Thursday, 25 October 2018

Ceisteanna (361)

John Curran


361. Deputy John Curran asked the Minister for Housing, Planning and Local Government the progress made to date on a wider fire safety review of buildings at risk here as part of the response to the Grenfell Tower disaster; and if he will make a statement on the matter. [44248/18]

Amharc ar fhreagra

Freagraí scríofa (Ceist ar Housing)

On 27 June 2017, following the fire in London’s Grenfell Tower, and in recognition of concerns arising for fire safety in Ireland, I tasked my Department’s National Directorate for Fire and Emergency Management with convening and coordinating a high-level Task Force to lead a re-appraisal of fire safety in Ireland.

In addition to this, and in the immediate aftermath of the Grenfell Tower fire, I instructed local authorities to undertake a review of fire safety in medium-to-high rise buildings fitted with cladding systems. I asked the Task Force to oversee and report on this initial action, as well as, among other things, reviewing existing arrangements and systems for fire safety and related issues which impact on fire safety in Ireland.

The work of the Task Force has now been completed and it provided me with a full report in May 2018, titled “Fire Safety in Ireland: Report of the Fire Safety Task Force”, which describes its work, its conclusions on the state of fire safety in Ireland and its recommendations for moving forward. I have accepted the Task Force’s recommendations, and I brought its report to Government on 6 June 2018.

Fire authorities were asked to identify medium to high-rise buildings in their functional areas of more than six storeys, or more than 18 metres in height. My Department issued guidance in December 2017 dealing with fire safety assessment of medium-to-high rise buildings with cladding systems, including guidance on fire safety measures to be applied in buildings, pending completion of remedial works to cladding systems, where these are considered necessary. In cases where the buildings identified are fitted with external cladding systems, fire authorities were asked to consider if the use of powers under section 18(6) of the Fire Services Acts 1981 and 2003 – to require the person having control over the building to carry out a fire safety assessment of the premises and provide the assessment to the fire authority – was warranted.

This assessment and follow-up work is on-going and most recent figures provided by fire authorities indicate:

- 838 buildings have been identified, countrywide, at this height,

- 287 of these buildings are fitted with cladding systems,

- fire authorities required fire safety assessments in 219 cases – 102 in residential buildings and 117 in non-residential buildings,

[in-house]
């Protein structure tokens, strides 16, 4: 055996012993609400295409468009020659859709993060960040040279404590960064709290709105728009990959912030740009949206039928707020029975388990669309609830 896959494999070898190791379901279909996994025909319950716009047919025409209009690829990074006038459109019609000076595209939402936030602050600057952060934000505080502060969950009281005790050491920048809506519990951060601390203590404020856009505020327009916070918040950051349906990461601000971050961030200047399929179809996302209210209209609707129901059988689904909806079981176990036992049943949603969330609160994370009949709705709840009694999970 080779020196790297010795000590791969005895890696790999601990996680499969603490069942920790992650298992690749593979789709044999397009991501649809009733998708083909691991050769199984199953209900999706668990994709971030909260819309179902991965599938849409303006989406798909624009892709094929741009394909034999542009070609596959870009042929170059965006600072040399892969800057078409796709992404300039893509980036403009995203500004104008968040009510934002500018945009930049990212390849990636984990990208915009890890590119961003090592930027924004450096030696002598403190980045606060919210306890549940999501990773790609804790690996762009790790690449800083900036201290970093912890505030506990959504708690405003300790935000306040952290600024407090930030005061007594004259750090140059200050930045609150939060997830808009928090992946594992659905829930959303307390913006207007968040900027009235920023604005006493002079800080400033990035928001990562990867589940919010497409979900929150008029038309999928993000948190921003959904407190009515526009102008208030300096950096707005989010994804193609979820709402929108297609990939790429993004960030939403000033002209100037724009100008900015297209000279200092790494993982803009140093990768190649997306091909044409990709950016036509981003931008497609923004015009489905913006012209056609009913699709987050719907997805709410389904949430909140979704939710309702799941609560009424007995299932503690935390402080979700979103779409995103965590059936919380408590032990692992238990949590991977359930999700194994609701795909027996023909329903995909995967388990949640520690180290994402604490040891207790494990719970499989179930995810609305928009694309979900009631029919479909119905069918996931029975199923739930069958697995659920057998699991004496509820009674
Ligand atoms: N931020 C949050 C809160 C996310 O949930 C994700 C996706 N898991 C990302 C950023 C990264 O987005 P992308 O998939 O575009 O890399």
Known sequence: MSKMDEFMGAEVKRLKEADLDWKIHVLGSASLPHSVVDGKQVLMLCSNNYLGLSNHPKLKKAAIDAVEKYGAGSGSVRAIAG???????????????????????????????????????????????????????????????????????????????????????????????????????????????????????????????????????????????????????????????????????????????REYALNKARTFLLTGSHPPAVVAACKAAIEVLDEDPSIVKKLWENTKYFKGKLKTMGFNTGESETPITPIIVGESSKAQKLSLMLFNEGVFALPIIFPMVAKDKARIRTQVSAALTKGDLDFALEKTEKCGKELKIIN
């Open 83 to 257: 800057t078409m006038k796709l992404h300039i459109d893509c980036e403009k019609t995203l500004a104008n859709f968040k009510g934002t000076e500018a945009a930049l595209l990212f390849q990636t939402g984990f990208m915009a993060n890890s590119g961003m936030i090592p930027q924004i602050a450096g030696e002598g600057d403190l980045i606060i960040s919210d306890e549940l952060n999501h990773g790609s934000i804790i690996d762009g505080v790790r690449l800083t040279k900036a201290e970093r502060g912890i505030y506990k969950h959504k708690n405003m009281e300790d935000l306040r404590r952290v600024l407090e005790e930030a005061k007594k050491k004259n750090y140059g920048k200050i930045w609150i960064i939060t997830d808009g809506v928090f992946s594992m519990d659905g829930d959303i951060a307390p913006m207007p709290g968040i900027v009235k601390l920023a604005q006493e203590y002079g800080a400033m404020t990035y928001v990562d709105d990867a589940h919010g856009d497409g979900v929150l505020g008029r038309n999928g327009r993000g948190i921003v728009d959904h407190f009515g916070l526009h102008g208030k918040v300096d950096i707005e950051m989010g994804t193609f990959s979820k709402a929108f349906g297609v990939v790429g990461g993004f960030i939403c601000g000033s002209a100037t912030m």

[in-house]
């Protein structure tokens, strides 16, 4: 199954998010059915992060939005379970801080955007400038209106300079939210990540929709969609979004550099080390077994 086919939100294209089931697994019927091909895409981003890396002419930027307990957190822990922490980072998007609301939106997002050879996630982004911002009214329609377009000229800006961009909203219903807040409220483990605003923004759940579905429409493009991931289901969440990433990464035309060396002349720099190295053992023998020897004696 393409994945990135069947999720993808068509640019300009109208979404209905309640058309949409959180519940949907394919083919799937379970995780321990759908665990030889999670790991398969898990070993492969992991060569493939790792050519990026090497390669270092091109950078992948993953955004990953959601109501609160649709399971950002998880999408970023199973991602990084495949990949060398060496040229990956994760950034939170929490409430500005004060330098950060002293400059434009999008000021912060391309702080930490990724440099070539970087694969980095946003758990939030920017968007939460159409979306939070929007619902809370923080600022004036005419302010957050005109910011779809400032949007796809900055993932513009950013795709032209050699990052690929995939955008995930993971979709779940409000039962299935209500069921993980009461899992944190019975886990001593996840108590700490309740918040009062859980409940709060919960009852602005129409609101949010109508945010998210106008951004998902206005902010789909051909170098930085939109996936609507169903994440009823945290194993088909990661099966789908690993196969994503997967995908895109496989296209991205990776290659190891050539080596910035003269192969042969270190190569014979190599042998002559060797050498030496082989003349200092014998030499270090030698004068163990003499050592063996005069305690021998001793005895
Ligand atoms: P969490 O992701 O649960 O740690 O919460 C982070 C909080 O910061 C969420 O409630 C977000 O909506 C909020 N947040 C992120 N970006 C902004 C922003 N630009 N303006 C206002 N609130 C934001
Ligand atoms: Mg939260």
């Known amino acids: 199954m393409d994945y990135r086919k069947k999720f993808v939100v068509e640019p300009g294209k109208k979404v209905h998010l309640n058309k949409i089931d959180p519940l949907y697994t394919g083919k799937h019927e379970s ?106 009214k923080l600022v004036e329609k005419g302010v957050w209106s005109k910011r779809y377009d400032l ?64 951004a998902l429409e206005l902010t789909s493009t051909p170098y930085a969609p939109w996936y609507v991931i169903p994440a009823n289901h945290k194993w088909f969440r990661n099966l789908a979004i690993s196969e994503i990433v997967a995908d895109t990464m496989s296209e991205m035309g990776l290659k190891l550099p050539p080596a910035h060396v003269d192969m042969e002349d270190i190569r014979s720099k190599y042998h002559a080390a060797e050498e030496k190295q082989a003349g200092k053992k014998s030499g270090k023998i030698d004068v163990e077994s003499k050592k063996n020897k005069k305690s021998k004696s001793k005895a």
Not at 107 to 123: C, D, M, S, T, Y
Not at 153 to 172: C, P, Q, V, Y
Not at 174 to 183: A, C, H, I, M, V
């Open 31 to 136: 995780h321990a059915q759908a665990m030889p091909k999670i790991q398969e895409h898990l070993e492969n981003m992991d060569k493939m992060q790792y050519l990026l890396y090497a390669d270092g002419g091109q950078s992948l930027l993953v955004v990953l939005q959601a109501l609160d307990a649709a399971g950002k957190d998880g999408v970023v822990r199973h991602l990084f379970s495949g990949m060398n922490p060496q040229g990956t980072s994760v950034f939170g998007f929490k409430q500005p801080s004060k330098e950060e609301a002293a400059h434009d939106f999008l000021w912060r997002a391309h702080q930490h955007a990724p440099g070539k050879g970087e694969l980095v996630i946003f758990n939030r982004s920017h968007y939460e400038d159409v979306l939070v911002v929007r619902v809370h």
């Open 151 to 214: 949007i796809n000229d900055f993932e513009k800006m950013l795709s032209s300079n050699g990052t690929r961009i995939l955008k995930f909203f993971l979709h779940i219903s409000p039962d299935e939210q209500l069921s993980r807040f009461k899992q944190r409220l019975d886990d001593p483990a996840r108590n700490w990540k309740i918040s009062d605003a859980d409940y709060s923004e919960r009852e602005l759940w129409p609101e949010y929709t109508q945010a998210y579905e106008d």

- 138 fire safety assessments have been received by fire authorities; work to complete and report the fire safety assessments in the remaining 81 buildings is underway; from their knowledge, fire services have not determined that any of the remaining buildings merit ceasing of use/ occupation of the buildings in question.

- fire authorities are proposing further action in respect of fire safety in 35 buildings where fire safety concerns – not in all cases related to external cladding – have been identified.

This fire safety and follow-up assessment work is on-going, and is being overseen by fire authorities, who are reporting on progress to the National Directorate for Fire and Emergency Management in my Department.

By identifying a small number of buildings, so far, where remedial works were required, the review process undertaken is seen to have had a positive effect and to have made contributions to both enhancing fire safety in medium-to-high rise buildings, and also raising fire safety awareness among owners/ landlords with statutory fire safety responsibilities.

However, the devastating fire at Grenfell Tower highlights the critical importance of fire safety in buildings, and the need for sustained vigilance in this regard. In addition to the review described above, the Task Force report makes a range of recommendations for improvements to fire safety in buildings, and to provision of fire services in Ireland and I have requested the Management Board of the National Directorate for Fire and Emergency Management to carry through the recommendations of the report within my direct ambit and to oversee and report on the implementation of other recommendations.

Copies of both the Report and the Summary of Conclusions and Recommendations are available on my Department’s website at the following links:

Fire Safety Task Force Report:

Summary of Conclusions and Recommendations: